I am excited by the work of Amaka Osakwe. Her Maki Oh label which is at once sensual and intelligent, provokes thought.
Hello Maki, thank you for honoring Mariankihogo.com with this interview. Congratulations on the intrinsically memorable spring summer 2012 collection. The collection entitled REDS, notably draws inspiration from French artist, Henri Matisse and his use of color and form. What initially drew you to the Fauvist stylization and rawness evident in his work?
Hi Marian, thank you for having me on here. I was drawn to the Fauvists because of the ideology that the function of the artist is not to translate an observation but to express the shock of the object on his/her nature, and this one of Maki Oh’s main beliefs. I honed in on Henri Matisse when I learnt of his love affair with the colour indigo, his fascination with the female form and his love for African art and textiles. But, it really all started at indigo. Indigo is a colour that I hold very dear to my heart. The colour represents the Africa I dream of.
Your Autumn 2011-2012 offering explores the tumultuous throes of love as inspired by Ludovico Einaudi’s ‘Love is a Mystery’. This season, it is Matisse’s uncanny prowess in pooling the tribal into the modern. Both the Einaudi and Matisse inspiration have an untamed but intelligent sensuality about them that seems to be an ongoing underlying theme of your work. Is this intentional and if so, what is it about the uninhibited and sensuous that compels?
Like I explained about the Fauvists, it’s the emotion and shock that these subjects evoke in me that I try to express my work and my work is one medium where my emotions can be totally unrepressed. The hedonistic color palette boasts a coral almost carnal in nature, a languid nude, sensual blues whilst texture is as equally all about the senses; velvet, silk charmeuse, silk organza’s and chiffon.
How do you balance such rich color and decadent texture so seamlessly?
This collection is about the extreme seductress. Her feminine wiles are unfathomable, but she draws one in nonetheless. Her walk, her smile, her aura all come together and make up this genius art form – the art of seduction. The colours and textures in this collection are my interpretation of the emotions that she evokes in anyone who she so much as glances at.
As with the work of Henri Matisse, you explore angular form in this new lineup. This is further reiterated with clever placement of embellishment. As a fashion designer what is more important to you, function or form?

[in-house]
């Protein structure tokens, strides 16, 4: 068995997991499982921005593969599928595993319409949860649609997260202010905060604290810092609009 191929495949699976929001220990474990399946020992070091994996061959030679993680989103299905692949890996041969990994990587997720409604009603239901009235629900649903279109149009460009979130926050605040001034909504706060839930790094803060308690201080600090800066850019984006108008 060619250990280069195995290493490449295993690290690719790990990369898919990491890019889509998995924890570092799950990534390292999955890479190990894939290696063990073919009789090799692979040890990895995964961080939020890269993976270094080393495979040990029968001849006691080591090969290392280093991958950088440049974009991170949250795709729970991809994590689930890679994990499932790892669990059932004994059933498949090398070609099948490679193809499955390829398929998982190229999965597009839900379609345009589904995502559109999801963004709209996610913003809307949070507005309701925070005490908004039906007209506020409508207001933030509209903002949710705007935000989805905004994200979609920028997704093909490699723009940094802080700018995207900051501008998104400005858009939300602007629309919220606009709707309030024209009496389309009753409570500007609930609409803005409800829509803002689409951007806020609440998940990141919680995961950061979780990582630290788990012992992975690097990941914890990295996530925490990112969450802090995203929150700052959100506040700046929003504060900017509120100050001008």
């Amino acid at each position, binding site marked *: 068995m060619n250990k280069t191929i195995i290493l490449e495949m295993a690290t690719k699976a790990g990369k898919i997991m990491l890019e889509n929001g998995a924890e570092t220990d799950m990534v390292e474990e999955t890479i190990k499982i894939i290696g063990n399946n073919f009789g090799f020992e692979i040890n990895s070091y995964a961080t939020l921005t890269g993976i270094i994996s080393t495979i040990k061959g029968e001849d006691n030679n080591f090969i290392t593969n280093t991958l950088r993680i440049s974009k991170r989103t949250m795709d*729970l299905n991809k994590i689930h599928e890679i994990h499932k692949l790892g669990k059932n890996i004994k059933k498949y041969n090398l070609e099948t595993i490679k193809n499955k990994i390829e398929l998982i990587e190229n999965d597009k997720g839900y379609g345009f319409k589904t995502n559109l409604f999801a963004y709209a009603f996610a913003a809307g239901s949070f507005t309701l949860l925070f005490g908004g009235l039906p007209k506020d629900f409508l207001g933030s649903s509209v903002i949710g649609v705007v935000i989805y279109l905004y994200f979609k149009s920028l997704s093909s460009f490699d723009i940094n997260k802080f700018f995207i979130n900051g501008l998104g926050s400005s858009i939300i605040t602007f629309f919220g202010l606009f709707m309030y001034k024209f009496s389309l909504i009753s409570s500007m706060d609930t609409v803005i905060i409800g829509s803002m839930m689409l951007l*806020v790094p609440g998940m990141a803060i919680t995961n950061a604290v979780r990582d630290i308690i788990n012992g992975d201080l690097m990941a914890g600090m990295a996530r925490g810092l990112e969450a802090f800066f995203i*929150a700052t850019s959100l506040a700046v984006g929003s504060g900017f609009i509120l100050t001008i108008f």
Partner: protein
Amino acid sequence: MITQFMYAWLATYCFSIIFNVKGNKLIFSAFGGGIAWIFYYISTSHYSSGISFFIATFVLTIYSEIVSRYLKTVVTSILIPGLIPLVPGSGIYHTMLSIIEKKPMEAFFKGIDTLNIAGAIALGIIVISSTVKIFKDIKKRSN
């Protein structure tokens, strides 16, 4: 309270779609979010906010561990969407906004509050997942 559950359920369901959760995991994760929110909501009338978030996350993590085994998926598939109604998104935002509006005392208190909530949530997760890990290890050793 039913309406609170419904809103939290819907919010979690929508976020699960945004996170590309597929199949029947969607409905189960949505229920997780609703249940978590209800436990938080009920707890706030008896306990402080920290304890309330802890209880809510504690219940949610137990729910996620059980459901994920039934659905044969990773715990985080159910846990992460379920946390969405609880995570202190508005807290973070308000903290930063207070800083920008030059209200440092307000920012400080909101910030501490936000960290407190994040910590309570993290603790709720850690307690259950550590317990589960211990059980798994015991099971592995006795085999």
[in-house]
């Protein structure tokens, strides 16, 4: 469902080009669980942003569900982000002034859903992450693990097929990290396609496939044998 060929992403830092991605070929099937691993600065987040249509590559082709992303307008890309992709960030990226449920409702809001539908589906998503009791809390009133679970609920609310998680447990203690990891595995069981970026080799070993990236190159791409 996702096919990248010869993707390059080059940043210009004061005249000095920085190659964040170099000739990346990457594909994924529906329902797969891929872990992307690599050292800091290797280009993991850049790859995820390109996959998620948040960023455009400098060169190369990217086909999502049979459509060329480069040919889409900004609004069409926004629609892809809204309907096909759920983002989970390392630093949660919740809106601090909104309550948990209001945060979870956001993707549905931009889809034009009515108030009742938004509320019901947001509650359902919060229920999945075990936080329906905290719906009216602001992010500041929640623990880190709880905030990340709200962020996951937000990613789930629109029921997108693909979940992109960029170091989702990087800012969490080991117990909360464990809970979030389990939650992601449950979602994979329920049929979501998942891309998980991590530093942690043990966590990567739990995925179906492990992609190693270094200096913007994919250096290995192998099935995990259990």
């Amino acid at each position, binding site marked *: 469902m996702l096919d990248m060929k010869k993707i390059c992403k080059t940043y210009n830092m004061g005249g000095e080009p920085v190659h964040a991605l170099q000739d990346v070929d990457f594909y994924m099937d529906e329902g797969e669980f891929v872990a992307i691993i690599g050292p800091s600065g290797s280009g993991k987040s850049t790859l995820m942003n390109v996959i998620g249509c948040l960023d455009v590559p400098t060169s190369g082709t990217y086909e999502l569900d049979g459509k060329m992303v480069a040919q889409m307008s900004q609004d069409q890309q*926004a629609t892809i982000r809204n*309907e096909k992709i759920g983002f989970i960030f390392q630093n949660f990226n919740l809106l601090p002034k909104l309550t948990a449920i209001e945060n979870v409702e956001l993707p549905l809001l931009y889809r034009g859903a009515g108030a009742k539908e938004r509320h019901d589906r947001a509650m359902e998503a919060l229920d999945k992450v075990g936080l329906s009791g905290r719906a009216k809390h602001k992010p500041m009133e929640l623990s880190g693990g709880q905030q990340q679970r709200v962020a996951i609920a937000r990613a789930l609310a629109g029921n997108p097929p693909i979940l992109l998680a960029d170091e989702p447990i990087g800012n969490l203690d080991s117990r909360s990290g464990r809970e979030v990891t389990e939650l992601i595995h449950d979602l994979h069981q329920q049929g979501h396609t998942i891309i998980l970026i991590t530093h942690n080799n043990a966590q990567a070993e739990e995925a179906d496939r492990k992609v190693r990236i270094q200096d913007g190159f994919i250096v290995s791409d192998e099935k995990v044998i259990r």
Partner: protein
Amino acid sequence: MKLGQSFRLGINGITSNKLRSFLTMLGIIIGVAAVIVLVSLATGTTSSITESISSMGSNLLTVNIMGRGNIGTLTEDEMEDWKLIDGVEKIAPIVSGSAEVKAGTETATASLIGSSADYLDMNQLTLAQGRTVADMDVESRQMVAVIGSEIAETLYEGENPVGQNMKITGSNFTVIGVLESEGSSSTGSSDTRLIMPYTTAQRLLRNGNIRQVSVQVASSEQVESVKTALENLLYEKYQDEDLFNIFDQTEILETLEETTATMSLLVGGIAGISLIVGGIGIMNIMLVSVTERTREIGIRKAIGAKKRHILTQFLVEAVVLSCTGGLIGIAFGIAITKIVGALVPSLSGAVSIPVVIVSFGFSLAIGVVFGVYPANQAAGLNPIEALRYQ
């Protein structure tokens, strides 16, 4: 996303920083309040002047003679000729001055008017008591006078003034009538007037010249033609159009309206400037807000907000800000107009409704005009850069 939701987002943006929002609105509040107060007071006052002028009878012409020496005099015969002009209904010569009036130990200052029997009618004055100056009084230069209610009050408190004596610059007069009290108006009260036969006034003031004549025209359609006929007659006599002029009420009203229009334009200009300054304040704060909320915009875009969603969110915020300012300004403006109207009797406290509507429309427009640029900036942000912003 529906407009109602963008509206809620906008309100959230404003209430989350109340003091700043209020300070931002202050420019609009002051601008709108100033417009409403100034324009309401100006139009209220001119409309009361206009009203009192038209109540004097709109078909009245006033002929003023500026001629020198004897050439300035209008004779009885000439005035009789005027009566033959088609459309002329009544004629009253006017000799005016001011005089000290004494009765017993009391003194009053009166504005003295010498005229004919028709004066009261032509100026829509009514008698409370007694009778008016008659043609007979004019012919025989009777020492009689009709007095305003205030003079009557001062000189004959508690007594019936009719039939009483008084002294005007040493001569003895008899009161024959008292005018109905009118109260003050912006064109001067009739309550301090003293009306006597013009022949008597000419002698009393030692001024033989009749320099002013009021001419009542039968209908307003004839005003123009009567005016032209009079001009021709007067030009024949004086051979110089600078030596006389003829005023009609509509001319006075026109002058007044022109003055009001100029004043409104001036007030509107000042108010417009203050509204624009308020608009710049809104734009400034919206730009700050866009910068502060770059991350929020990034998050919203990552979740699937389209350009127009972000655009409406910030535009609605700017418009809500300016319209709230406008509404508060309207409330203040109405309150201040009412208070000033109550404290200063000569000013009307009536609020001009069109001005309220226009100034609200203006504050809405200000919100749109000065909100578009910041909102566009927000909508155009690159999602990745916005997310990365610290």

Form over function. In the words of Henri Matisse, “There are always flowers for those who want to see them”.
Who is the quintessential Maki Oh woman and how would you like to see your designs worn?
The Maki Oh woman is a multi faceted being with a strong sense of identity.
Ideally, I will like to see Maki Oh pieces worn as conversational/communication mediums in the same way traditional Nigerian garments were worn to convey a message or tell a story. Either that, or with well-manicured nails.
Your use of Adire has become signature for each collection. Seeing that your work is not confined to the obvious, it is no surprise then that Ankara and other African prints and textiles are not employed. Tell us about your treatment of Adire and why it is a Maki Oh staple?
Maki Oh’s use of natural indigo and the Adire dyeing processes is our little contribution to preserving a dying Nigerian art. Adire is one of the few authentic Nigerian fabrics we have. Traditionally, everything from the growing of the cotton to the dyeing of the fabric was (and still is) done on Nigerian soil, and this authenticity appeals to me. Maki Oh’s adire fabrics are locally dyed in southern Nigeria using methods that have been passed down, unchanged from generation to generation. Adire has also been a staple in the collections as a means to educate the world (this includes Africans) about true African fabrics. Ankara/African print fabric does not appeal to Maki Oh’s sensibilities because it is not African.
Each collection sees you employ an indigenous feature. With spring summer 2012 it is the Nigerian local sponge. Why is it of importance for you to employ an indigenous feature per season and what was the creative process for juxtaposing the local sponge with your streamlined silhouette?
Everything in fashion has really been done before, so I strive to use indigenous materials in innovative ways, to bring something “new” to the table. Local sponge was used in the ss12 collection because as it is with everything Maki Oh, there’s a hidden meaning behind every pattern, silhouette, fabric etc. This collection tells the story of the extreme seductresses – ‘The Lagos Reds’. The root of the plant that the sponge is derived from is traditionally used as a contraceptive medicine, so I’ve used this material to serve as a social message that says ‘use a condom’. The streamlined silhouette in this collection simply serves as blank canvas used to create the story of each seductress.
Yours is an uncanny ability to make the brazen take on refined and elegant sensibility. Is this a conscious ethos?
I have always been fascinated by how the Japanese designers like Issey Miyake, Rei Kawakubo and Yohji Yamamoto, took their culture and traditions and made it modern, even futuristic. I’ve tried to bring this concept into my design ethos, by taking the raw and updating it. I’m glad to hear this is translated to you as refined and elegant.
Maki Oh is synonymous with?
Conversations, complex-simplicity “simplexity”, and ethical and sustainable fashion.
Thank you to Amaka for the interview.
Explore Maki-Oh here.